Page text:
A police detective in the asteroid belt, the first officer of an interplanetary ice freighter and an earth-bound United Nations executive slowly discover a vast conspiracy that threatens the Earth's rebellious colony on the asteroid belt.
In the dystopian 27th century, six people wake up on a deserted spaceship with no memory of who they are or what they're doing there. They reluctantly team up and set off to find answers with the help of a female android.
Alex Mallari Jr.
When an old enemy, the Cylons, resurface and obliterate the 12 colonies, the crew of the aged Galactica protect a small civilian fleet - the last of humanity - as they journey toward the fabled 13th colony, Earth.
Edward James Olmos,
Two hundred years in the future, in a fully colonized solar system, police detective Josephus Miller (Thomas Jane), who was born in the asteroid belt, is given the assignment to find a missing young woman; Julie Mao (Florence Faivre). Meanwhile, James Holden (Steven Strait), the first officer of an ice freighter, is witness to an unprovoked attack upon the ship, by craft believed to be from Mars (MCRN Federation). As news of the attack spreads throughout the system, the incident's flow-on threatens to destabilize already tenuous relations between Earth, Mars and The Belt. Far away from the struggles in deep space, on Earth, Chrisjen Avasarala (Shohreh Aghdashloo), a powerful United Nations executive and diplomat, works to prevent war between Earth and Mars by any means. Soon, the 3 find out the missing woman and the ice freighter's fate are part of a vast covert conspiracy which threatens all humanity.Written by
S3, E2. When a ship receives a message from a space suit, the message console displays "TK4.21" a reference to a stormtrooper in Star Wars. "TK 421, why aren't you at your post?". It also has an 1138, a popular Easter egg reference to a George Lucas film THX1138. See more »
In the opening credits they show Jupiter's Great Red Spot. Since the show is 200 years in the future and the Great Red Spot is predicted to disappear in about 20 years it should not exist. See more »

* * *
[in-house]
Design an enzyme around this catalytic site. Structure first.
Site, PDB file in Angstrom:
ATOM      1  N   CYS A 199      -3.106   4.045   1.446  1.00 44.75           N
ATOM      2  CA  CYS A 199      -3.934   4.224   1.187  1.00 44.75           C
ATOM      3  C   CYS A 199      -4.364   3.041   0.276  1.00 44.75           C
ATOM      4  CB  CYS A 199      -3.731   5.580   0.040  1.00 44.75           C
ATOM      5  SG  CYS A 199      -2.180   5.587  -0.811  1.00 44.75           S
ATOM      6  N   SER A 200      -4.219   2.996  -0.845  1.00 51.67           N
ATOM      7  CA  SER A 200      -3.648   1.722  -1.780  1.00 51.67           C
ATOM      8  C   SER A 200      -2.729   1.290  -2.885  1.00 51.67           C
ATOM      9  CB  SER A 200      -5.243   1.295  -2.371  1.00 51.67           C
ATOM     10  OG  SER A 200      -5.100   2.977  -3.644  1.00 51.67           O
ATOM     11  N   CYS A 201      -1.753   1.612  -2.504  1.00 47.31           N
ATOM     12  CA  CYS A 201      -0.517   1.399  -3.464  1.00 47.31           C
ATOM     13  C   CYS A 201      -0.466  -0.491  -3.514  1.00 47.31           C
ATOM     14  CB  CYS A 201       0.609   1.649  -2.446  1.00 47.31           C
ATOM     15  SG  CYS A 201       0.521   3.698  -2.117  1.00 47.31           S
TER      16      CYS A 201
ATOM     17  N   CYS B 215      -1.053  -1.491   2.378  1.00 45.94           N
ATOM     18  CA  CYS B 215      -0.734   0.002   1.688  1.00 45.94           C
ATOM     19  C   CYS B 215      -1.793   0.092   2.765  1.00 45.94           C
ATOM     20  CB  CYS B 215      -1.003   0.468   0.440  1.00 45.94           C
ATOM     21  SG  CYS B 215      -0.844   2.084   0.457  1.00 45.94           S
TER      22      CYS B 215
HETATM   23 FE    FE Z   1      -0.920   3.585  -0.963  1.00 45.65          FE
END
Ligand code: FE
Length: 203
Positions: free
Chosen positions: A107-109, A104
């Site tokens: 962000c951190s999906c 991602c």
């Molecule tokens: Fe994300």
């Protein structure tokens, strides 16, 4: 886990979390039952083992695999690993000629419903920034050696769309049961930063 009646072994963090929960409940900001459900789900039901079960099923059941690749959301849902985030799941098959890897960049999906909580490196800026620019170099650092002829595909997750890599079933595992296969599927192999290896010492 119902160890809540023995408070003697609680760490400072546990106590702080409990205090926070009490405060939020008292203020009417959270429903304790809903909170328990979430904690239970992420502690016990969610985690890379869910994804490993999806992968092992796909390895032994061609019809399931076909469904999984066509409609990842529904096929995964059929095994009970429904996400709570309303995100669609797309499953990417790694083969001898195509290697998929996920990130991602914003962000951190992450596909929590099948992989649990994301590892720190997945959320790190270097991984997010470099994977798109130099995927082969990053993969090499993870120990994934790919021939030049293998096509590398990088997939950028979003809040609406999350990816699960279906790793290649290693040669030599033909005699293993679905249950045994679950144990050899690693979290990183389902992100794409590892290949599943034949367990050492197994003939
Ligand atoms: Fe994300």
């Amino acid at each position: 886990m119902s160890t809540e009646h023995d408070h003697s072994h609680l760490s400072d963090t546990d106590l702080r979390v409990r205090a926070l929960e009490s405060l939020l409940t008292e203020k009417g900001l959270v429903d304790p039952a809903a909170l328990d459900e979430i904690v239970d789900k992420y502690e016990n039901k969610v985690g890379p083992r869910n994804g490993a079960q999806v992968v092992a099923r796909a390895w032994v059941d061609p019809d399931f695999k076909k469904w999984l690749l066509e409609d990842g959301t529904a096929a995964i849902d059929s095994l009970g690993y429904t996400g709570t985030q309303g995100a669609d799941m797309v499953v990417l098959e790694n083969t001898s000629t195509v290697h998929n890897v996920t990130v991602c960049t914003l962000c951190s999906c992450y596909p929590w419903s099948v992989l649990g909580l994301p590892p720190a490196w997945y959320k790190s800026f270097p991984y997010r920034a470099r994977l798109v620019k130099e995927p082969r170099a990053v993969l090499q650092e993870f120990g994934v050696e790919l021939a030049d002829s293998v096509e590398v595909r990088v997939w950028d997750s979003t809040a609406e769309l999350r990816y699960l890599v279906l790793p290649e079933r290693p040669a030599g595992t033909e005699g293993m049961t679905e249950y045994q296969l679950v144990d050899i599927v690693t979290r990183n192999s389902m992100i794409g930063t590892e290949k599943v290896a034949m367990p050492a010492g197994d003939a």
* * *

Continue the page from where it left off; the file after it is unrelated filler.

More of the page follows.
Ambitious, complex sci-fi/mystery thriller; offers great world-building and perfectly paced storytelling
Wow: This was by far the biggest surprise for me in 2016. And apparently, I was somewhat late to the party, as the show already began to air in 2015. I'm an avid sci-fi fan, but I hadn't heard or read anything about 'The Expanse', and yet it's one of the most ambitious sci-fi (or generally high profile/concept TV) shows I've come across in recent years.
First, I believe a little (spoiler-free) information might be helpful prior to watching the show, because the viewer is thrown right into an incredibly detailed world where much is shown rather than explained (which is certainly an elegant choice in terms of storytelling and world-building, but there's so much going on and every shot is packed with so much visual information that it can be a little confusing during the first 2 or 3 episodes). So what you need to know is this: A couple of hundred years into the future, humanity is spread out throughout the solar system and divided into 3 opposing forces who are on the brink of an all out war for political power and resources (mainly water - which is harvested in the form of asteroid ice). The 3 fractions consist of the two superpowers Earth (governed by the U.N.) and Mars; the third party are the "belters", which is basically everyone unfortunate enough to be living on poor dwarf planets like Ceres or other large rocks in the asteroid belt (hence the name "belters").